A recent video from Mark Smith at The Four Boxes Diner on YouTube sheds a lot of light on a recent filing with the Supreme Court. While it’s not very likely that the Supreme Court will go for it, I’ll argue that it should, because it would put an end to increasing lawlessness in the lower courts.
But first, let’s take a look at the video so you can see what the overall situation is:
In short, the Fourth Circuit is playing games. When they realized that a smaller panel was going to produce a pro-gun outcome, the court unilaterally went for an en banc review that would put more anti-gun justices on the case. So, in other words, the court stacked itself for political purposes. In response to this, the plaintiffs (a group of gun rights organizations) decided to ask the Supreme Court to go ahead and have a look at the case early.
As you might expect, the Supremes don’t really like getting involved that early in the process. They’d rather give the lower courts a chance to review the case and get it right, and then only step in if they got something really wrong or if there’s a “circuit split” where lower courts rule differently from each other and make for a big inconsistency.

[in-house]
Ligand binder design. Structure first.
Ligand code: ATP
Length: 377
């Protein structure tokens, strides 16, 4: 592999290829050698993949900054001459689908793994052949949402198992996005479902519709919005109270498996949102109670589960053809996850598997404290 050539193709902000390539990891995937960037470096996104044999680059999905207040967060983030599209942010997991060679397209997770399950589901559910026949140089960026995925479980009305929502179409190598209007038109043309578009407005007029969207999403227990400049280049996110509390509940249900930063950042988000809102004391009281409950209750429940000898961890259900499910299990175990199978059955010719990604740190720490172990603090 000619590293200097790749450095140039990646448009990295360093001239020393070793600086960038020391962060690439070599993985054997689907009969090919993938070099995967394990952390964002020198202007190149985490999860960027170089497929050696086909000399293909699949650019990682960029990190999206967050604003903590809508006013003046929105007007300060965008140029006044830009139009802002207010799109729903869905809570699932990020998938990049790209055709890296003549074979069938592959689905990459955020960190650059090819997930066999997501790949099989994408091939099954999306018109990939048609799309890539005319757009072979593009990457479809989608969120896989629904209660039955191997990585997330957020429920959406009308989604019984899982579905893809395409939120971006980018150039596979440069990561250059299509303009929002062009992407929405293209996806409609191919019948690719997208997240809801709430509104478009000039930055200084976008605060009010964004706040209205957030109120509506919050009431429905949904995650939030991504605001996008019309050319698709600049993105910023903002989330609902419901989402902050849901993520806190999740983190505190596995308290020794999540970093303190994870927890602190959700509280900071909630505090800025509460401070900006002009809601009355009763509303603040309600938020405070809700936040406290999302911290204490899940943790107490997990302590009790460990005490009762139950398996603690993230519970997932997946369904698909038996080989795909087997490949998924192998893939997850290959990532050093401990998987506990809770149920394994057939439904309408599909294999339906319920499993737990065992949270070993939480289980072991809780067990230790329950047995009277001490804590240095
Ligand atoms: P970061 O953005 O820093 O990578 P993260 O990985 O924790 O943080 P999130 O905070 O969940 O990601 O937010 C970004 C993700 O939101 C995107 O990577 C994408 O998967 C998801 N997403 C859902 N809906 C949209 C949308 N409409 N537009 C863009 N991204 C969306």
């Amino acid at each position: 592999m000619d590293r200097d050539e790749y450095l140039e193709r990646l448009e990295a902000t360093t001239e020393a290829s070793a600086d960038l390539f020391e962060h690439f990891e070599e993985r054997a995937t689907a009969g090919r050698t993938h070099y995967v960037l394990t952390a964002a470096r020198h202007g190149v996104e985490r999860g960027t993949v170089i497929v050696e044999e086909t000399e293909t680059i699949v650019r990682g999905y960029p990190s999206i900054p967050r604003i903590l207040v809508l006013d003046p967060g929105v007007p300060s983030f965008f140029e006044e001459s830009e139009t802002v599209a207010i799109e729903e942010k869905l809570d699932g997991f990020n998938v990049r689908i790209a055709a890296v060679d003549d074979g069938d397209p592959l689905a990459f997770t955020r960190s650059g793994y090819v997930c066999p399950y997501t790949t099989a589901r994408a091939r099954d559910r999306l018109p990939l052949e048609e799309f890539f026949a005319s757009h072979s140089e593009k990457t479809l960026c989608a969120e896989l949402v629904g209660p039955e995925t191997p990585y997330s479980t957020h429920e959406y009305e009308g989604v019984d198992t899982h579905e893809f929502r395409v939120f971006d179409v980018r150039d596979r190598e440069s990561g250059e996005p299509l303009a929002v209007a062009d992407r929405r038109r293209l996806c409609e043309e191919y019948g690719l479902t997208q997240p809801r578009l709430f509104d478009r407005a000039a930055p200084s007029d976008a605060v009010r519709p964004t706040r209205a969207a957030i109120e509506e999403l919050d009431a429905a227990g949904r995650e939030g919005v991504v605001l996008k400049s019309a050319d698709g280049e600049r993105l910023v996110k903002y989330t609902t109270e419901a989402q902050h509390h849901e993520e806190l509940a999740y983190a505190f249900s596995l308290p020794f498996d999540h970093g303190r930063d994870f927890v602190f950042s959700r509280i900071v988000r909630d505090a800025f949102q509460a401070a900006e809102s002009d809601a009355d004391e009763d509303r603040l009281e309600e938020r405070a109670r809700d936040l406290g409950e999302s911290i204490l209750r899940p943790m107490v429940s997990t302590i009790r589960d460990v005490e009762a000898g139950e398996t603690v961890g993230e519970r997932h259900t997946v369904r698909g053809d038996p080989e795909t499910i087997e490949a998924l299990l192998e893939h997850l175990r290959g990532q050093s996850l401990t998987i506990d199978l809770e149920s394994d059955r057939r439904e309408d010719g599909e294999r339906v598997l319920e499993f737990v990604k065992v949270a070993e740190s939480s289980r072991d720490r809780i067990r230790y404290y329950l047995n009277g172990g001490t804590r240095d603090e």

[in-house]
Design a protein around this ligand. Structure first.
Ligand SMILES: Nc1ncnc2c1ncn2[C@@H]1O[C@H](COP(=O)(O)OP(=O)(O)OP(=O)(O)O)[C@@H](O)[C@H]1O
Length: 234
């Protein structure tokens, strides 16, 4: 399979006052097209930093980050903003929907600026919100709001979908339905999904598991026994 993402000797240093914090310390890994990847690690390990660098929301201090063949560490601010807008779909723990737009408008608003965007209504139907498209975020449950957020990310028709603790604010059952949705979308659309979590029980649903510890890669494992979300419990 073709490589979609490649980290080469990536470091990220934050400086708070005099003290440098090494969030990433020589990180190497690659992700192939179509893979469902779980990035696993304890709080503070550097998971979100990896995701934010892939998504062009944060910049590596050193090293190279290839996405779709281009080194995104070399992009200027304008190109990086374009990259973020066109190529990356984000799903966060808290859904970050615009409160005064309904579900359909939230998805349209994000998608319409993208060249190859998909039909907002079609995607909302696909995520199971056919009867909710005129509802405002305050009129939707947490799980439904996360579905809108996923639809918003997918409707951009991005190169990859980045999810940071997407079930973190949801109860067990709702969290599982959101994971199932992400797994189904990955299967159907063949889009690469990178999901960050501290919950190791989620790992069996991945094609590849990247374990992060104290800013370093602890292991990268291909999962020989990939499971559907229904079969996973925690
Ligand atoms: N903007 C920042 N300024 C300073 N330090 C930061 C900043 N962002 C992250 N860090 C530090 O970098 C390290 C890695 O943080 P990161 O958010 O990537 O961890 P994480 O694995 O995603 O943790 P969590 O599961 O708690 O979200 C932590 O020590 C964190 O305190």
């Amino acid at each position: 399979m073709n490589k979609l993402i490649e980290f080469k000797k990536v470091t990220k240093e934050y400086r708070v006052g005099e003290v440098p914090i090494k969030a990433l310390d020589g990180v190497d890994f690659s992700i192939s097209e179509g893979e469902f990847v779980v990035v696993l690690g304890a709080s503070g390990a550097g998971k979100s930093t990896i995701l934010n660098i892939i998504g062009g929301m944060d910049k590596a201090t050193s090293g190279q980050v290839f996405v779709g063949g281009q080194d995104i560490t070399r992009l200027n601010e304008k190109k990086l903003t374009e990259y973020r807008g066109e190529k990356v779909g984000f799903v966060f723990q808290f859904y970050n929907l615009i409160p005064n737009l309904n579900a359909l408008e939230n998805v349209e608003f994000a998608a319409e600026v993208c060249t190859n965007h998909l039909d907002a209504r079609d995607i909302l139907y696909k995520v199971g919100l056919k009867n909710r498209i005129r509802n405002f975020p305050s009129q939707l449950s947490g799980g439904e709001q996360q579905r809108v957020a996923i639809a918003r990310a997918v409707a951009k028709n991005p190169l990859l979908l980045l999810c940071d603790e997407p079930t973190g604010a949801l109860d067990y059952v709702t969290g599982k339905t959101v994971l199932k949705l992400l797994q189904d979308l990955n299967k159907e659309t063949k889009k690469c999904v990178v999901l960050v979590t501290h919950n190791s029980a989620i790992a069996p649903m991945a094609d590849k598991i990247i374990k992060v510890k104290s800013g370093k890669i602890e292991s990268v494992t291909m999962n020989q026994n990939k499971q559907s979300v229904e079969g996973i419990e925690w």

But, this case is pretty different. Not only has the Fourth Circuit played a stupid game that may merit early Supreme Court review, but many other lower courts have been playing other stupid games after the NYSRPA v Bruen case. Rather than respect the 2022 ruling that put gun rights back on even footing with other rights, like those listed in the First Amendment, lower courts dominated by anti-gun judges have been playing every game they can to produce bad rulings, delay decisions, and otherwise engage in lawfare.
Probably the most egregious example was a recent ruling out of Hawaii’s state supreme court, which took the insane position that the “Aloha Spirit” and Pre-U.S. Kingdom of Hawaii law trumps U.S. Supreme Court decisions, which they claim were decided wrong. Basically, Hawaii’s top state court flew the top U.S. court the bird.
So, the plaintiffs in this most recent case are pushing the Supreme Court to act and start telling the lower courts that they’d better get back to enforcing the rule of law and not playing legal games to achieve unlawful outcomes.
Why The Supreme Court Really Should Take This
As Mark Smith points out, these sorts of pre-decision filings are not typically taken. But, this is a very unusual situation, where there’s widespread lawlessness in the lower courts that has become increasingly blatant.
By signaling to lower courts that the Supreme Court is willing to review cases early and force lower courts to do the right thing, the situation can be resolved, and fast. This would likely put an end to the judicial coup that’s going on, but if it doesn’t, the Supreme Court can keep taking cases and issuing quick decisions until they knock it off, straighten up, and fly right.